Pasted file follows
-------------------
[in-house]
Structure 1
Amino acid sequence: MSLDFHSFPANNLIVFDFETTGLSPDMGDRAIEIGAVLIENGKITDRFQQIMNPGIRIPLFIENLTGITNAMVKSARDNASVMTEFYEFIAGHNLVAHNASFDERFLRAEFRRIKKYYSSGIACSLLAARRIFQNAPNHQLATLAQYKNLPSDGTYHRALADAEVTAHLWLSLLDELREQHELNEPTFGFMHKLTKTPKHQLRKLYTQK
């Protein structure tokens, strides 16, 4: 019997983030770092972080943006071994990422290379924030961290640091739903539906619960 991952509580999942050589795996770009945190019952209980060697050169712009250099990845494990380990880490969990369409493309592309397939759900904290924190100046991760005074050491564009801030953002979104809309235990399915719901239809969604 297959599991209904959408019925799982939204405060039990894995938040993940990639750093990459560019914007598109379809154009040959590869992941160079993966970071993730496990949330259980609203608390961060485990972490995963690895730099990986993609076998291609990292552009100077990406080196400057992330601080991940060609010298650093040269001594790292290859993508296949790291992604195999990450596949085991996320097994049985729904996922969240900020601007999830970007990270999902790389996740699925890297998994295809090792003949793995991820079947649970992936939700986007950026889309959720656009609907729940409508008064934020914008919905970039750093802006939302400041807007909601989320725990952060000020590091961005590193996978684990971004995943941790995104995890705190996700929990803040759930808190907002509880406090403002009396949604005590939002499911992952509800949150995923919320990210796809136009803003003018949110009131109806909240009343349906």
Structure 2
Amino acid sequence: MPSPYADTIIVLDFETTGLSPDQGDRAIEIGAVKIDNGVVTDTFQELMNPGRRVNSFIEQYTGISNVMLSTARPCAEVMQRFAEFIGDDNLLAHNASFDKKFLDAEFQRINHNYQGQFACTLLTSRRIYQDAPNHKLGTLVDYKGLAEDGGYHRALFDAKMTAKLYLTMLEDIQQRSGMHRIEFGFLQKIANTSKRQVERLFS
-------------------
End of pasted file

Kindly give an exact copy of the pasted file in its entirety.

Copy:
[in-house]
Structure 1
Amino acid sequence: MSLDFHSFPANNLIVFDFETTGLSPDMGDRAIEIGAVLIENGKITDRFQQIMNPGIRIPLFIENLTGITNAMVKSARDNASVMTEFYEFIAGHNLVAHNASFDERFLRAEFRRIKKYYSSGIACSLLAARRIFQNAPNHQLATLAQYKNLPSDGTYHRALADAEVTAHLWLSLLDELREQHELNEPTFGFMHKLTKTPKHQLRKLYTQK
């Protein structure tokens, strides 16, 4: 019997983030770092972080943006071994990422290379924030961290640091739903539906619960 991952509580999942050589795996770009945190019952209980060697050169712009250099990845494990380990880490969990369409493309592309397939759900904290924190100046991760005074050491564009801030953002979104809309235990399915719901239809969604 297959599991209904959408019925799982939204405060039990894995938040993940990639750093990459560019914007598109379809154009040959590869992941160079993966970071993730496990949330259980609203608390961060485990972490995963690895730099990986993609076998291609990292552009100077990406080196400057992330601080991940060609010298650093040269001594790292290859993508296949790291992604195999990450596949085991996320097994049985729904996922969240900020601007999830970007990270999902790389996740699925890297998994295809090792003949793995991820079947649970992936939700986007950026889309959720656009609907729940409508008064934020914008919905970039750093802006939302400041807007909601989320725990952060000020590091961005590193996978684990971004995943941790995104995890705190996700929990803040759930808190907002509880406090403002009396949604005590939002499911992952509800949150995923919320990210796809136009803003003018949110009131109806909240009343349906």
Structure 2
Amino acid sequence: MPSPYADTIIVLDFETTGLSPDQGDRAIEIGAVKIDNGVVTDTFQELMNPGRRVNSFIEQYTGISNVMLSTARPCAEVMQRFAEFIGDDNLLAHNASFDKKFLDAEFQRINHNYQGQFACTLLTSRRIYQDAPNHKLGTLVDYKGLAEDGGYHRALFDAKMTAKLYLTMLEDIQQRSGMHRIEFGFLQKIANTSKRQVERLFS